But any job that gets you ‘back on the road’ for the cost of two welding rods is a good job.
Always remember, if some other part of the scraper gives up the ghost before bit you repaired breaks again, it was a successful repair. If you want pretty, I suggest you follow the YouTube channel of one of the more fashionable ‘influencers.’
There again what do I know, ask one of the experts featured below!
A collection of anecdotes, it’s the distillation of a lifetime’s experience of peasant agriculture in the North of England. I’d like to say ‘All human life is here,’ but frankly there’s more about Border Collies, Cattle and Sheep.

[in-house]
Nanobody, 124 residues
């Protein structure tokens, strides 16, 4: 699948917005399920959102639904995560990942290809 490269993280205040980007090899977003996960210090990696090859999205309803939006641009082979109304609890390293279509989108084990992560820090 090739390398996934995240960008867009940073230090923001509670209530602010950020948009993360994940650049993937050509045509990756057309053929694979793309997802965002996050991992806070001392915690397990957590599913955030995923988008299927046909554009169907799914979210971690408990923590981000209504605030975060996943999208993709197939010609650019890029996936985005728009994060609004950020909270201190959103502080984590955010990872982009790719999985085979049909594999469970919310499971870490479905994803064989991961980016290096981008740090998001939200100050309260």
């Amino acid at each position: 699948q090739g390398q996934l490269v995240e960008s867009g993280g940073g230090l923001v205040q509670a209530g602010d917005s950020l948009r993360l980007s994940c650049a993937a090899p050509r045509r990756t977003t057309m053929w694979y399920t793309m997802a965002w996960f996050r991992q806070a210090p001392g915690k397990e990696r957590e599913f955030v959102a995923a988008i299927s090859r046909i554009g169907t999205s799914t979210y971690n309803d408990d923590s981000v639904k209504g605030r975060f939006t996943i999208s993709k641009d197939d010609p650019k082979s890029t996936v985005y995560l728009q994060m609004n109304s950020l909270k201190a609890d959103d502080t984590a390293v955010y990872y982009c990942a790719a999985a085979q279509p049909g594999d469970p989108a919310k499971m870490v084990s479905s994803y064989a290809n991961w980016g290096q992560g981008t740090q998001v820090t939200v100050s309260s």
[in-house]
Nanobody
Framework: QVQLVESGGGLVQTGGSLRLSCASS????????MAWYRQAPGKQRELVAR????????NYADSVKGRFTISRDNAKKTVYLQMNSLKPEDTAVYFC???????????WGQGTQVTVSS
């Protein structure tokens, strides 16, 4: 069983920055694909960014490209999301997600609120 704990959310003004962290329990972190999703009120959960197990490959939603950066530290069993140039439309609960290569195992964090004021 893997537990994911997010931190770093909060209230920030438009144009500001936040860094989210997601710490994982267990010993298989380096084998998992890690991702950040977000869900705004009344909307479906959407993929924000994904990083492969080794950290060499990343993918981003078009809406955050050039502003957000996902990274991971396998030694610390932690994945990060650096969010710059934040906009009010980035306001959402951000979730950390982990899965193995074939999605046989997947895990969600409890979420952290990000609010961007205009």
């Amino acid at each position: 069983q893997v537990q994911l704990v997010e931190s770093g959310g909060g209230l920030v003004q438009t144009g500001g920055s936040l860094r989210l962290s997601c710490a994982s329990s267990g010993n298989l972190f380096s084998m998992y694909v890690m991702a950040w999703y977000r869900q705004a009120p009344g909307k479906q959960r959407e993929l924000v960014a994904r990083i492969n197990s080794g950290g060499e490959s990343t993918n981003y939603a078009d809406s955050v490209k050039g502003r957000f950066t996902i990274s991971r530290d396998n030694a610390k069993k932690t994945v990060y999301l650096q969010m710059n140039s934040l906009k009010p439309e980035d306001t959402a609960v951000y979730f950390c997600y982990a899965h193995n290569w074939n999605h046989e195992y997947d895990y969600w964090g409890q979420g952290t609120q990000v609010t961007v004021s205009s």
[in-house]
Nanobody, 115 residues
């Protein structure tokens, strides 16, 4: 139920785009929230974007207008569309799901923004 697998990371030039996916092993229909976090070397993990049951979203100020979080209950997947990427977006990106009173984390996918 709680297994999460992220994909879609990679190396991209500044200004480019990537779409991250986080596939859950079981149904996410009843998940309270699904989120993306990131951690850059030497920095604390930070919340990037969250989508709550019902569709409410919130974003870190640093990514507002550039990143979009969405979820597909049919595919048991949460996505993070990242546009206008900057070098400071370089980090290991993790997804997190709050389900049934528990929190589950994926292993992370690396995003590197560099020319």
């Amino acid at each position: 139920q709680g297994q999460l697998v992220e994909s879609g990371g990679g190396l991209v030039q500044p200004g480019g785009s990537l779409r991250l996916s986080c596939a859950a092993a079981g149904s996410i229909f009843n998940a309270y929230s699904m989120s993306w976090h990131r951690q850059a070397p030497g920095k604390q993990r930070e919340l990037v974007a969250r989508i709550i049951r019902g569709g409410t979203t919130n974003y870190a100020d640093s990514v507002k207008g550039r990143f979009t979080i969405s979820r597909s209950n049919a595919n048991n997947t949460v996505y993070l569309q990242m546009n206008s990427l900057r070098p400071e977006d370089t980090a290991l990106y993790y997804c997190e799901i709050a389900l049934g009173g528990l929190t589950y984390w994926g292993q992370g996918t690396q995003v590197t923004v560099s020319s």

As a reviewer commented, “
This is in the same league as Herrick, absorbing you into a different world, with its trials and tribulations making a background for the occasional moment of hilarity or joy. Hats off to Jim and his ilk, putting food on our tables despite our unwillingness to pay a decent price for it. I am frequently outraged that I live in a society which is prepared to pay more for bottled water than milk, and drowns the country in plastic in the process.
Jim manages to get this across without ranting and then uses his wry sense of humour to leave you howling with laughter at a series of events that a mere townie could never have imagined. Thanks for letting me into your world Jim – I am now committed to changing my behaviour and paying the extra for local, seasonal produce.”